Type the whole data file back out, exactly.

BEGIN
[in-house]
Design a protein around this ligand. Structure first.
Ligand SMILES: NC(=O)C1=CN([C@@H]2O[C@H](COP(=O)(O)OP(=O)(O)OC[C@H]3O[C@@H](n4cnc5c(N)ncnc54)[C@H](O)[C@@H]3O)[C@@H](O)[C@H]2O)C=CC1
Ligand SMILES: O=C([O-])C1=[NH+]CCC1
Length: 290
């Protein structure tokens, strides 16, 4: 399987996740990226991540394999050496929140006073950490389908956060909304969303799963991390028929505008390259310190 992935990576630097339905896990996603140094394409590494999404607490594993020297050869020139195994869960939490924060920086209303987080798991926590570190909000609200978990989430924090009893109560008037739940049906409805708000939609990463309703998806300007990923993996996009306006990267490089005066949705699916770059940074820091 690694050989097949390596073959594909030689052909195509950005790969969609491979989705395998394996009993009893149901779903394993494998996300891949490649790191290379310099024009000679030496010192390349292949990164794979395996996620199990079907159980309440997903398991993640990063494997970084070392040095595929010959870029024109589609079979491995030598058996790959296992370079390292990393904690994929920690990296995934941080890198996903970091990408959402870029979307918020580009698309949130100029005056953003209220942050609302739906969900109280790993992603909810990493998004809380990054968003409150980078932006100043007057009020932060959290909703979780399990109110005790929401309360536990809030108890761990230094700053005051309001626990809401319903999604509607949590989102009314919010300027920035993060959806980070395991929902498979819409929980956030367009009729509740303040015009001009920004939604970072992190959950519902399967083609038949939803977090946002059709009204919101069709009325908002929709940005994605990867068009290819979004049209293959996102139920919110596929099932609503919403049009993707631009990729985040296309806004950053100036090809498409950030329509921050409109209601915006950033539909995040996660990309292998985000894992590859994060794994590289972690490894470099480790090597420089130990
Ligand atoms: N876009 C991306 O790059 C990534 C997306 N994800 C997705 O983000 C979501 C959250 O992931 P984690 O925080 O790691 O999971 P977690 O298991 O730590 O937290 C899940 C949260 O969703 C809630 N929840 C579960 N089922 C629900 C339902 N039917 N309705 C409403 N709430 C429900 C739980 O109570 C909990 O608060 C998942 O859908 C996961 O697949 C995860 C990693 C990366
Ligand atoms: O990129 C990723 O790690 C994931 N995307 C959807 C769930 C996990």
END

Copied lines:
[in-house]
Design a protein around this ligand. Structure first.
Ligand SMILES: NC(=O)C1=CN([C@@H]2O[C@H](COP(=O)(O)OP(=O)(O)OC[C@H]3O[C@@H](n4cnc5c(N)ncnc54)[C@H](O)[C@@H]3O)[C@@H](O)[C@H]2O)C=CC1
Ligand SMILES: O=C([O-])C1=[NH+]CCC1
Length: 290
């Protein structure tokens, strides 16, 4: 399987996740990226991540394999050496929140006073950490389908956060909304969303799963991390028929505008390259310190 992935990576630097339905896990996603140094394409590494999404607490594993020297050869020139195994869960939490924060920086209303987080798991926590570190909000609200978990989430924090009893109560008037739940049906409805708000939609990463309703998806300007990923993996996009306006990267490089005066949705699916770059940074820091 690694050989097949390596073959594909030689052909195509950005790969969609491979989705395998394996009993009893149901779903394993494998996300891949490649790191290379310099024009000679030496010192390349292949990164794979395996996620199990079907159980309440997903398991993640990063494997970084070392040095595929010959870029024109589609079979491995030598058996790959296992370079390292990393904690994929920690990296995934941080890198996903970091990408959402870029979307918020580009698309949130100029005056953003209220942050609302739906969900109280790993992603909810990493998004809380990054968003409150980078932006100043007057009020932060959290909703979780399990109110005790929401309360536990809030108890761990230094700053005051309001626990809401319903999604509607949590989102009314919010300027920035993060959806980070395991929902498979819409929980956030367009009729509740303040015009001009920004939604970072992190959950519902399967083609038949939803977090946002059709009204919101069709009325908002929709940005994605990867068009290819979004049209293959996102139920919110596929099932609503919403049009993707631009990729985040296309806004950053100036090809498409950030329509921050409109209601915006950033539909995040996660990309292998985000894992590859994060794994590289972690490894470099480790090597420089130990
Ligand atoms: N876009 C991306 O790059 C990534 C997306 N994800 C997705 O983000 C979501 C959250 O992931 P984690 O925080 O790691 O999971 P977690 O298991 O730590 O937290 C899940 C949260 O969703 C809630 N929840 C579960 N089922 C629900 C339902 N039917 N309705 C409403 N709430 C429900 C739980 O109570 C909990 O608060 C998942 O859908 C996961 O697949 C995860 C990693 C990366
Ligand atoms: O990129 C990723 O790690 C994931 N995307 C959807 C769930 C996990």